Northwest Arkansas Times from Fayetteville, Arkansas on April 23, 1952 · Page 7
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April 23, 1952

Northwest Arkansas Times from Fayetteville, Arkansas · Page 7

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Fayetteville, Arkansas
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Wednesday, April 23, 1952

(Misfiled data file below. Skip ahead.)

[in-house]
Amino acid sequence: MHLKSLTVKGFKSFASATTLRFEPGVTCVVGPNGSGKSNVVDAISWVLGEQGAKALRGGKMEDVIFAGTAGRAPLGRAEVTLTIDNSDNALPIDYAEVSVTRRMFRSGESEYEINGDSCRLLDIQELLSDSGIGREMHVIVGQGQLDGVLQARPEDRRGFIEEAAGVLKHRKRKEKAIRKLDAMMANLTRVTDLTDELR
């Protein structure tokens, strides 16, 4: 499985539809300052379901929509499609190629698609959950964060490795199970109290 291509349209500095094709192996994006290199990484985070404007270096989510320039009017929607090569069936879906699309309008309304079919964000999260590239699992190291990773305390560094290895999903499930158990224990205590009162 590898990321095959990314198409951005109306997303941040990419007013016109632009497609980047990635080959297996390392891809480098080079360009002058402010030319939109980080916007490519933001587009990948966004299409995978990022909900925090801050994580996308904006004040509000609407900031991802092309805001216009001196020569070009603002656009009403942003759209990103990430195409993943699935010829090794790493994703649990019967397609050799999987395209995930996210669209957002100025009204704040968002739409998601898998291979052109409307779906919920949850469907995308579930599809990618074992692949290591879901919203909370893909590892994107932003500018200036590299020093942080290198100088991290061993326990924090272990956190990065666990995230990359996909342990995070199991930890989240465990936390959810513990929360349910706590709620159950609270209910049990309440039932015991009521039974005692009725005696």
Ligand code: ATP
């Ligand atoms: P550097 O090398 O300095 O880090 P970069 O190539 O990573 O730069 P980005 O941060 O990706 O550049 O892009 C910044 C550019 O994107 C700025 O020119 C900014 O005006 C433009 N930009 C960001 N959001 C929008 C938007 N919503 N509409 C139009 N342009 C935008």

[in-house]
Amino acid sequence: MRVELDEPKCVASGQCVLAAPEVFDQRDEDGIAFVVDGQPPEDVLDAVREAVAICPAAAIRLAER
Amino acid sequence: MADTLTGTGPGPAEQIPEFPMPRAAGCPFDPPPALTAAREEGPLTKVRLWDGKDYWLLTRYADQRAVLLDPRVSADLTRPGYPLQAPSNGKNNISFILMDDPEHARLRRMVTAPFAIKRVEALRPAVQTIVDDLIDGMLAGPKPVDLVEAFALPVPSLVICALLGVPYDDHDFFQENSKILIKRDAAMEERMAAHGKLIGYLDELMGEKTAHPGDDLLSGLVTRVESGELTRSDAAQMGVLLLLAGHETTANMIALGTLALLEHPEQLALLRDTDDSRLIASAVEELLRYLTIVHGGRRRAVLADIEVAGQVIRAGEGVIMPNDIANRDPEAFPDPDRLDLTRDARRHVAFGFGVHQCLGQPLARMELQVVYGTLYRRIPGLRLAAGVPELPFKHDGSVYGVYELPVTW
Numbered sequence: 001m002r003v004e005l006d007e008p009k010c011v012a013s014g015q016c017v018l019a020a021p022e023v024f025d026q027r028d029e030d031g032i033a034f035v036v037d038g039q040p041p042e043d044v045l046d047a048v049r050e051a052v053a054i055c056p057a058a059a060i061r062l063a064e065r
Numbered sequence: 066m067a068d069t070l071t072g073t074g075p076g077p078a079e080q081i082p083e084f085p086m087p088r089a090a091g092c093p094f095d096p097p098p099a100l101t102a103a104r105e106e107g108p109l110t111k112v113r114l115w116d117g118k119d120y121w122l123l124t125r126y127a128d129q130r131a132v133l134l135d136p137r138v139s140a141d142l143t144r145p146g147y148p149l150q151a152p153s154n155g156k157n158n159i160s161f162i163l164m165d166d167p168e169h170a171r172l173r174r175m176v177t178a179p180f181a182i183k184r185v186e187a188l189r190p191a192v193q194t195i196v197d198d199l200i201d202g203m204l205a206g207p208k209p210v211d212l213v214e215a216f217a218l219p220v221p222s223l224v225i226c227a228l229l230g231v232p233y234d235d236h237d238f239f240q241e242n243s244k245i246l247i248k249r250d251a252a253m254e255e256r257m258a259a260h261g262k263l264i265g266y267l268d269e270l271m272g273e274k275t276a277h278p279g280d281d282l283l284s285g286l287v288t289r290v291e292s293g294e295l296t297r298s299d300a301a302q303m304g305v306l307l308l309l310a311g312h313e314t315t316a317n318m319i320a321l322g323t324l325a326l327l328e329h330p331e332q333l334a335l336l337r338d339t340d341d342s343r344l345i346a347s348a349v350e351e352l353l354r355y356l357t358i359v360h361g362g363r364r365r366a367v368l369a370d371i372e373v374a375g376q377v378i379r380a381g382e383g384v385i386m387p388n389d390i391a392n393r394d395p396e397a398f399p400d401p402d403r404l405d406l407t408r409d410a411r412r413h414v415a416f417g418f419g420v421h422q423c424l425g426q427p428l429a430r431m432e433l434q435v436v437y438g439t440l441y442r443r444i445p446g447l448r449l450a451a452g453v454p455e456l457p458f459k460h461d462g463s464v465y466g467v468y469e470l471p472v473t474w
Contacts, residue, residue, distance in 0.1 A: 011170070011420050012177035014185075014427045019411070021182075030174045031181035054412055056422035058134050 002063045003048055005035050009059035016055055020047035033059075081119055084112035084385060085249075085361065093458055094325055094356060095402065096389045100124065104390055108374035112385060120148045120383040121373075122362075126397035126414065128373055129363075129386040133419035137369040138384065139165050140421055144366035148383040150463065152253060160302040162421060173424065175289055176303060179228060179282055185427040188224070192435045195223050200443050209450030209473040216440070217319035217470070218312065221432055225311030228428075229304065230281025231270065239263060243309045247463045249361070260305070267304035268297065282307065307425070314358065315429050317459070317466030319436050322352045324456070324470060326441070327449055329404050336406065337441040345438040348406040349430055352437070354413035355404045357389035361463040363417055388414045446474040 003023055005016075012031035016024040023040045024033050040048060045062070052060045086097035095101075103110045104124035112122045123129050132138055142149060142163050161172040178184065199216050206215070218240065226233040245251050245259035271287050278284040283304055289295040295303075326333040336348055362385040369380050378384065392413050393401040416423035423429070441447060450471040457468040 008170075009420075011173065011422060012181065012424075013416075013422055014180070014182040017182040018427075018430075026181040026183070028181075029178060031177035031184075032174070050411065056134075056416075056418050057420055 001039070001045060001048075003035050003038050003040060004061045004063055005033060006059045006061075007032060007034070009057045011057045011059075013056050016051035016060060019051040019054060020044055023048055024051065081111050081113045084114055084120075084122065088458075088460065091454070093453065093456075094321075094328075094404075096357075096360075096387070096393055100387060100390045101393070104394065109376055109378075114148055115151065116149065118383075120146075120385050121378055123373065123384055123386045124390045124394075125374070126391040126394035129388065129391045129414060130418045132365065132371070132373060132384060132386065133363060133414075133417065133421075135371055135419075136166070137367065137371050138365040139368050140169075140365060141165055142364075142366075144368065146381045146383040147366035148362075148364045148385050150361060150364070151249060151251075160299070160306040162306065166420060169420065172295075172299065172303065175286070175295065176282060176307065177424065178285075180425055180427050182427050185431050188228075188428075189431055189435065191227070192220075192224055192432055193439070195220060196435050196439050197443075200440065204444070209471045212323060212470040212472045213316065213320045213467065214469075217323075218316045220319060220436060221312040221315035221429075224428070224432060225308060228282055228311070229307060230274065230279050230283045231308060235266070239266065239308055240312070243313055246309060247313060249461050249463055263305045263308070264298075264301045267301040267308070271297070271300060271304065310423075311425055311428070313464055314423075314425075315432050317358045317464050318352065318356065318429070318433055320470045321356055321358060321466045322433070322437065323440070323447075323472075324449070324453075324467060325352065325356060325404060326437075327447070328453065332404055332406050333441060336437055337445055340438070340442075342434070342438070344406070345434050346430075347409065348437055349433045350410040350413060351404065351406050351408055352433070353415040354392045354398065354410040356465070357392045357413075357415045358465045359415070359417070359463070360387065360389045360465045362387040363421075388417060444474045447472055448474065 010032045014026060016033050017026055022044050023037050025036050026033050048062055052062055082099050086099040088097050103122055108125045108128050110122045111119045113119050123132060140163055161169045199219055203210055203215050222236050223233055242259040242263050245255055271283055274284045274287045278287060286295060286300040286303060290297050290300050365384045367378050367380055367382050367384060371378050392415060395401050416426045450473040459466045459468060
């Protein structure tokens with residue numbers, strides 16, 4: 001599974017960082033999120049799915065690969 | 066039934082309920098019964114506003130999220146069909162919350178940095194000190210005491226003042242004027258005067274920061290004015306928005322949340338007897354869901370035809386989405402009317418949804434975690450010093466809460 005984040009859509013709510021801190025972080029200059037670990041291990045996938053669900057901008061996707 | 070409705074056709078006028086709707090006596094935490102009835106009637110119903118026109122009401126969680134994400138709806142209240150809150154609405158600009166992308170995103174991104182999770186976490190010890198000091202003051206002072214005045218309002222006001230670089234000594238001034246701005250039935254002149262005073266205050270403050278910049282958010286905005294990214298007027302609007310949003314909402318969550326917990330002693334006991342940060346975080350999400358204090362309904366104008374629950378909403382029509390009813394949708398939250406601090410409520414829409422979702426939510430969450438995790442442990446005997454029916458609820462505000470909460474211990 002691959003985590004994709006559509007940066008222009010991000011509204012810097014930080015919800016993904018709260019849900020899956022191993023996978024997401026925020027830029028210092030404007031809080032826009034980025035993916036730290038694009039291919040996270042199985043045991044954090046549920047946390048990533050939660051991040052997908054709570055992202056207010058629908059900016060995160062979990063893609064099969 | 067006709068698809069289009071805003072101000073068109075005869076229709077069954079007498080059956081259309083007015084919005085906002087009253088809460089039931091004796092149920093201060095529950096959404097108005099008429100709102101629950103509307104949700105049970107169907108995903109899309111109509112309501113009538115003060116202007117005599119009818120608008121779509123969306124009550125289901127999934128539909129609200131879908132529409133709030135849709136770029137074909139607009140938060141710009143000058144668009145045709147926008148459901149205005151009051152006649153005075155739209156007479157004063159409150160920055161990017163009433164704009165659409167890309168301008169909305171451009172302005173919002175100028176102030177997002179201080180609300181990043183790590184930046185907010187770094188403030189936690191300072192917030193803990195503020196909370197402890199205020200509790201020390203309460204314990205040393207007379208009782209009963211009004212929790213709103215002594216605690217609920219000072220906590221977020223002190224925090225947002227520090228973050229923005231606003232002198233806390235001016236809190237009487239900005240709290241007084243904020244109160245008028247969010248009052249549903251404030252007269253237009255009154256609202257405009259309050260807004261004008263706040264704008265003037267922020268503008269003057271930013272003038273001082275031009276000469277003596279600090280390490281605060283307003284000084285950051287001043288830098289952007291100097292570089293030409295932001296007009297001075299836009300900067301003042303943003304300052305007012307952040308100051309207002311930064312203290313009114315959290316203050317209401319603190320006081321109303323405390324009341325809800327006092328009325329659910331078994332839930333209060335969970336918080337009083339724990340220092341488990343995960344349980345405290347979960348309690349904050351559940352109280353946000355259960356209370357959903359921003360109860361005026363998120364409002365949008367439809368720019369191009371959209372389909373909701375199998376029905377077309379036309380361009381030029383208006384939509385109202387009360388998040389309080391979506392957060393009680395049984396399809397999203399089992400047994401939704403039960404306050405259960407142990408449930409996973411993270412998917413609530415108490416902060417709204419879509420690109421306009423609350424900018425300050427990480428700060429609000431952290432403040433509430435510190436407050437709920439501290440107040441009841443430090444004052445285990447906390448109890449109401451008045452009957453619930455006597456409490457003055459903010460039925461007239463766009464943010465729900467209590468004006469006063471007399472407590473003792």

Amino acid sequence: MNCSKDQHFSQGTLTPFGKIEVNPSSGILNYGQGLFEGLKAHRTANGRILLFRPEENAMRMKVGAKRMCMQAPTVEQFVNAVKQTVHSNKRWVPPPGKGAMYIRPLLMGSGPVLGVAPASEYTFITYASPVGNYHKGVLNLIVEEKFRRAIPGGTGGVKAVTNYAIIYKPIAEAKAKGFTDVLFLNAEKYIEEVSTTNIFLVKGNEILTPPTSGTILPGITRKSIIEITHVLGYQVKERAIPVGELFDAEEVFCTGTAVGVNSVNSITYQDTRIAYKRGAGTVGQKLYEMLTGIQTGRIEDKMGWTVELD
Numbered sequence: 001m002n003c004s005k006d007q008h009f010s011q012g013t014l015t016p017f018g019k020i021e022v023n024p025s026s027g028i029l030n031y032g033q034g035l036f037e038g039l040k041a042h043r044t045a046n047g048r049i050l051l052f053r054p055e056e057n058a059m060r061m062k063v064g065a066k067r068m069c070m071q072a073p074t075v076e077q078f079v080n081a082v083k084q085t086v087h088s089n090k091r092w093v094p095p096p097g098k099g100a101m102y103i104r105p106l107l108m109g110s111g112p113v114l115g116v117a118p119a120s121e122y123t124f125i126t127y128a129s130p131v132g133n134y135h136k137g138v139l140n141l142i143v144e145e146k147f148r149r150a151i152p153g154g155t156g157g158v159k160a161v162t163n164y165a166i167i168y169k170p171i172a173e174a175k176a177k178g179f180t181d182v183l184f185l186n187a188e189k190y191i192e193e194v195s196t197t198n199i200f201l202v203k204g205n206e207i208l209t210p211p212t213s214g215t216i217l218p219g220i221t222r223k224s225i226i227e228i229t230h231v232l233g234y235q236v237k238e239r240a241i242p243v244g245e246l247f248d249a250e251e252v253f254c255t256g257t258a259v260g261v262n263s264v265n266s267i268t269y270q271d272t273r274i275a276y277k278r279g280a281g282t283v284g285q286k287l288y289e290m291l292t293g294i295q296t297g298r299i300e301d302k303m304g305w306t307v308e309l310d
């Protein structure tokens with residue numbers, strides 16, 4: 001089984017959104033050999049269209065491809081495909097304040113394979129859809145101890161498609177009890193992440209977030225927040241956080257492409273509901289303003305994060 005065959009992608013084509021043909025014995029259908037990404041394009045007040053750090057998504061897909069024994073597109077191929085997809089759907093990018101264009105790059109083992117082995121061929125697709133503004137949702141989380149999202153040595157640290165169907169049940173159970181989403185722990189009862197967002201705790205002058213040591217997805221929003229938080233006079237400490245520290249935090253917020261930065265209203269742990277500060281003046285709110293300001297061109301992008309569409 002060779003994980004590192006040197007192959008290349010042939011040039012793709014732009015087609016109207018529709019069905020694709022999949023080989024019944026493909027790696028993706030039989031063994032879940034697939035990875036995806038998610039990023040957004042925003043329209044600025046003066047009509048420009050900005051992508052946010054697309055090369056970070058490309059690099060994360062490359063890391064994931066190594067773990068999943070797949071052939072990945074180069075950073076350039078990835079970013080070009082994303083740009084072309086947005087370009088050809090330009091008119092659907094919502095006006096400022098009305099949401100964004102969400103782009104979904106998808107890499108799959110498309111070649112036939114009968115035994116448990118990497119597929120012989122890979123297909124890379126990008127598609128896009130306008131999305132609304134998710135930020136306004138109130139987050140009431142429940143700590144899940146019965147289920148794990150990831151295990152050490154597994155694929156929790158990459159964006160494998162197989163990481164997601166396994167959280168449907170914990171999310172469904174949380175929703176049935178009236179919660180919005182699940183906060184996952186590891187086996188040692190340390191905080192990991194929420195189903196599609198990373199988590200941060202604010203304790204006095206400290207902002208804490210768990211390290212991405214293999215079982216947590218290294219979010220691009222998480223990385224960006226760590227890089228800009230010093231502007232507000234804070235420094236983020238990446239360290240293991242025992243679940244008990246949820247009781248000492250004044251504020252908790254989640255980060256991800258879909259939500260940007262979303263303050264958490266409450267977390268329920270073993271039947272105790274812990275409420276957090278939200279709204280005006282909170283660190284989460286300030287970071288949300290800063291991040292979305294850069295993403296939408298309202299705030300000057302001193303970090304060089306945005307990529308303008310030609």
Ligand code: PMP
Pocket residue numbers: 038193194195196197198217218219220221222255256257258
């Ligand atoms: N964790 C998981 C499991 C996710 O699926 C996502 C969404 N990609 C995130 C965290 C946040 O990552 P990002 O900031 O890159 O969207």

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NWTHWEST ARKANSAS TIMB, PeryetMvMe, ArhtmtM, W«*w«Jay, Aim* 19, ItSt OUT OUR WAY OtfklN'f By J. R. Williomi LOOKS LIKE YOU'RE HEAPIM' PER FAMF.WES-.' VOU WOM PRIZE AT TH 1 ART SHOW WITH THAT OTHER ONE YOU NO-- IT'S A FLO?.' I CAW'T GET THE SAME MIXTURE OF DUST, LIMT, HORSEHAIR AMD OfSARET ASHES IM THIS OWE.' SAY, WE WERE HAYING AT PAIMTEP--THIS SHOUU7WIM THAT TIME--AH, FALFA DUST, IT COUUP 86: THE LOST RECIPE -Bdicvc/torAW SAT TOGETHER ON TTffi STEPS OF St TROPHME CHURCH EVERY EVENING FOR SJYEftftS/ tPPfAK Tut OTHCR TWO DIED OFSHKK-- *«· mKDMDH FWHOURSWT (ME (MO TRAINED By A 16 HftRMONIZE IN DUETS CUBttibjfflK. JOSEPH IWEftS-WtletoS. fti*. THE F«5T PUttlC SCHOOL IN MttBCA v^ BOSTON MtUC URN KNOOt Boitofi.Mass. FOUNDED N n AND STILL 14 EXISTENCE AFTER 317 YIARS/ Japanese Woman Leader Asks U.S. Aid In Controlling Spread Of Prostitution Tokyo - (/P) - Japan's foremost woman leader has appealed to the j wife of Gen. Matthew B. Hidg- way to help to keep American troops away from prostitutes and prevent seduction of Japanese girls. In an open letter published in the monthly magazine, Women's Forum, Mrs. Tamaki Uyemura accused American servicemen of "corrupting Japanese morals." "Please co-operate with us Japanese and protect your own young Americans." she nskcd Mrs. Hidgway, who declined comment. Mrs. Uyemura continued: "Such prostitutes soliciting U. S. troops now total between 70,000 and 80,00.0 in Japan and earn 200 million dollars a year. This is a big business--next to the. Korean V.'ar business which totals 400 million. "These poor girl victims--the end product of the war defeat-have reportedly, mothered 200,000 illegitimate children and deserted many." Mrs. Uyemura, 62, a graduate of Wcllesley College in the United Slates, is head of the Young Women's Christian Association Japan. She wrote as a member of the National Public Safely Commission which supervises Japanese police activities. The Crimson Tide of Alabama will make four different state. cities their home field during the 'S2 football season. The games will be played in Tuscaloosa, Montgomery, Mobile and Birmingham. Bob Ccrv, outfield rookie for the Yankees, was a baseball and Steel Fight Between Truman, Congress, Evidence Of Breakdown In Relations By 8AM DAWRON New York-(fl")-Bu!iness and falling prices just now remind many persons of the spring slump of 1849. That earlier inventory recession carried much of the same overtone of worry lest the long-awaited post-war depression was al hand. But the 1949 recession ended that summer and a now boom started, was given a big boost by Korea, and give fina By JAME8 MAILOW Washington-!*")-!!!* dispute between President Truman and members of Confresx over seizure of 'the steel Industry it further evidence of the breakdown In relatloni between the White Houie and the Capitol, This « election year and politics, ct course, are a big factor in this, wretched situation, which is steadily getting worse. But tht fact is that the breakdown is real and sarnest. The rest of the country can only sweat it out. The most recent previous dem- ons:rsti i f- of how deep the split was appe.-jred in what happened to Truman's attempt to have an investigation of government corruption. That was when he asked Congress for subpoena powers for Newbold Morris. The then attorney general McGrath had picked Morril as a cleanup man. Congre'ss not only denied him the subpoena powers but some members denounced him, thus for all practical purposes scutllinjt the investigation. This ended like a musical comedy when McQrath - fired Morris and Truman fired McGrath, all in the same day. The president then chose James P. McGranery as attorney general and new cleanup man. But before McGranery can tak^ office he must be approved by the Senate. Weeks have passed and no approval yet, which means further bogging of the Investigation and the Justice Department is without a regular head. No taw On Batiki When it came to the uteel seizure government lawyers apparently could find no lav/ on the books specifically giving the president authority to take over the steel industry to head off a strike. Truman decided such a strike would hurt defense and so damage the national welfare. Since he seemed to lick specific authority in any law for the s:i~tire, he relied on the Constitution. The powers conferred on the president and commander-in-chief j j us t as ^ ^^ j n ;\«-,,-(.(, Businessmen, Jittery As They Watch Prices Falling, Are Reminded Of The 1949 Spring Slump, Which Many Saw As A Depression jitters lly ran into the same (lut of inventories that fretted the business man in 1949. The parallel between the spring of 1949 and today if pointed up by a number of items In the day's ews. Merchants -- always pronp to pessimistic talk -- say the post- Easter sales are disappointing, just as they found Arrll, 1949, a disappointment. Buyers are staying it home, the merchants in several cltiefi say, despite big promotional campaigns. In New York, department store sales last week were five per cent sebind those of a year ago, and 'or the last four weeks sales have trailed 1951 by one per cent. The end of customer reluctance, long predicted, still hasn't been sighted yet. Business earnings are falling .his spring, just as they slumped in 1949; Higher taxes now gets much o'f the blame, but not all -earnings before taxes are down his spring for many firms, who '·ce higher operating coats, cus- :omer sales resistance or pr i c c controls on their products. Employment in non-farm work failed to gain in March this year, by the Constitution are broad and vague. They don't say he could seize the steel industry in a situation like this. But they don't specifically say he couldn't. Truman Interpreted the Constitution as giving th« prepotent unstated but wide and implied power to act as he did In this case when he thinks there is a national emergency and that th« country might suffer if he didn't. At once his cre'tlci in Congress called him a dictator and usurper of constitutional powers which they orjue don't exist. I The"fat was in the fire again: iAnd yesterday the Senate, led" by basketball star for the University | Republicans,' voted what was In I effect a rehuke to Truman for hi? of Nebraska. were the only two months of March since World War II, in which employment did not rise over the February total. The Bureau of Labpr Statistics reports that durable goods producers hired more men in March than in February, but In retail trade and consumer goods Industries employment was cut back, Another even more striking parallel between the Uvo springs may he shaping up in price softening in metals. With the exception of the spring of ID-IB, most j non-ferrous metals hnvo been in Rood demand since World War II. and prices have been f i r m -- n t limes soarlnp.. nnd lit present bumping at Imposed price ceilinirs. In the spring of 19411, with foo;i and textile prices already .slumped, metal men suddenly found that a metal shortage had turned I n t o .1 surplus. Users of metals sloppcil buying snd prices slumped fast. Pessimists cried that with the bellwether mclals in a slump "the depression is here." But In the summer t h a t t i d e turned. Now-the-textile industry has it; o-.vn "private depression," p n ri .ood prices nationally are well b?- low their former peaks. Will metal prices efiso? The first to show signs of it is lead. Some foreign lead Is belli? offered In American markets at | The first postal services are he- The firs postal nervicej ara b*» slightly below the ceiling price o f ! developed to pump water from llevcd to have been started by Uie If cents, the trade reports. mln "' U n c i r n t I '" si " «""*«"· Zinc men arc told ;it the annual ircting of tho Americr.n Zinc In- tilutc in SI. Irfiuis there will be :nly of rim 1 this year to meet atlon«l demands. Charles R, Jnce, ice president of thi St. ,Fns;ph Load Co., a leading zinc producer, predicts a surplus o? 129,000 tons by the end of t h r year. Bob Feller of the Cleveland In; riians holds a HJcllme odje over every American Leasu« club except the Yankees. He's beaten' Ihcm 2fl times, lost 33. ivonf you your lastemark Discover the taste that has made action in th« steel dispute. Truman struck right back. He called this kind of Senate action negative. He .challenged Congress to take a constructive step by suggesting by law some way out of the steel dilemma. BLUE CROSS-BLUE SHIEID 307 PROFESSIONAL BUILDING, FORT SMITH, ARKANSAS ment now open APRIL 15-30 ·m«infl new aid for theio with severely impaired hearing §«vtr* henrlnx loci? Enjoy 41 -Wit ptiutr und Mnptlonal por- fcrminct in nn inntlnnly lijl.l, nmpicl, limit-unit niil. Snm« fci|h qunlily «nd cxcluftlvo fej(* lur« i Ztnllh'i populur "Royal" nt I»M C«MMI«* Btvktl An'MIt ·( MK/trglt f «fr« C«il M BAY IITUIN fllVUIOI DIXIE RADIO 411 DICKION PHOHE 1141 For two weeks only Arkantai rcsldenti under 65 year* of age may join Blue Croti-Blue Shield Non-Croyi Memfcr«hip re|ardleit of employment status. Individual and family-type mcmbenhipi are available. Farmer* may join through their County Farm lureau group during this enrollment period. Employed panoni may alio join in thii itate-wlde non-group enroll- ment, or through their place of employment. (Fleaie give name of employer on coupon) . P O L I O EXTRA BENEFITS up In $S,000, to fait* orrr of Polio niuf nine nlher cnlirnl and coilly illnfiiei. May be aidtd to your Btut CroH-tilut SkMt frouelian at vtry low coil. ARKANSAS DOCTORS and HOSPITALS -- Join Together fo Serve fhe People of ArJconioi -- BLUE CROSS BLUE SHIILD 307 Profenional Building, Fort Smith, Ark. MM IM wHMM (MliiM** cMitM* l*f*n»tlM M T»« Mi^K.|.t«fk.l MMI il»'4tuHi · »lr 11,000.00 WHO PfOTICTION. N.rn* Emplnyer - St.« Rt_ Oty_-- PAYROLL CROUP D INDIVIDUAL O PAMILT Q RADIO TV SERVICE toteit TV Ttit Iquipment 74-Hour Service I-STATE SALES CO. W. Dickion Phont 813 TRI- CHICK SPECIAL each HEAVY MIXED ARKANSAS Broiler Hatchery p. o. ··· in *r TtUjMm JIM Plfttttvllto, Arkinm IRANI T H E O L D S U N N Y M O O K C O M P A N Y , l O U I S V I U I . K I N f U C K f f Now, NEW 1*3 III NO wear ; Service! i ,".; Here's My Famous "50,000 Miles--No Wear" ft Service I ^^I'll Drain Out Grit nnd Sludgo Whll* Th» Ingln. ll Hot! "Hot-oil" drains every 1,000 miles flush out rlirt, ftfirl nnd contnminntion ho- foro they cnn do hnrm, Ipnve tho working parts of tho engine npnrkling cleanl W« Conote Mlltag* Merchants are now trained «nd ready to give your car exactly the tame nrvict that helped keep text engines now in the tpecUculv "50,000 Miles--No Wear" roud test! . In that famous tent, six brand-new can wflf Mch driven 60,000 killing milen. to prove the weir-l|htin| ability of Conoco Super Motor Oil. ' Thanks to Conoco's 3-polnt "60,000 Mil*«--No Wear" Service, those engines showed ho itfor of aw conneQuence, in fact, an average of less than one ooy- thnusandth inch on cylinders and crankshaft*. Gasoline mileage for the lant 5,000 miloa was actually 99.77$ aa good as for the first 6.000! Now von can get Conoco's great "60,000 Mil«a--No Wear" Service to help your engine last longer, perform better, use less gasoline and oil! " I'll R«»ndlH«n All Air ·nd OH rilUril I clean filtfrrli-mcnti;...r«pl»cn worn-out cartridgen.. .nnd record tho mileage. 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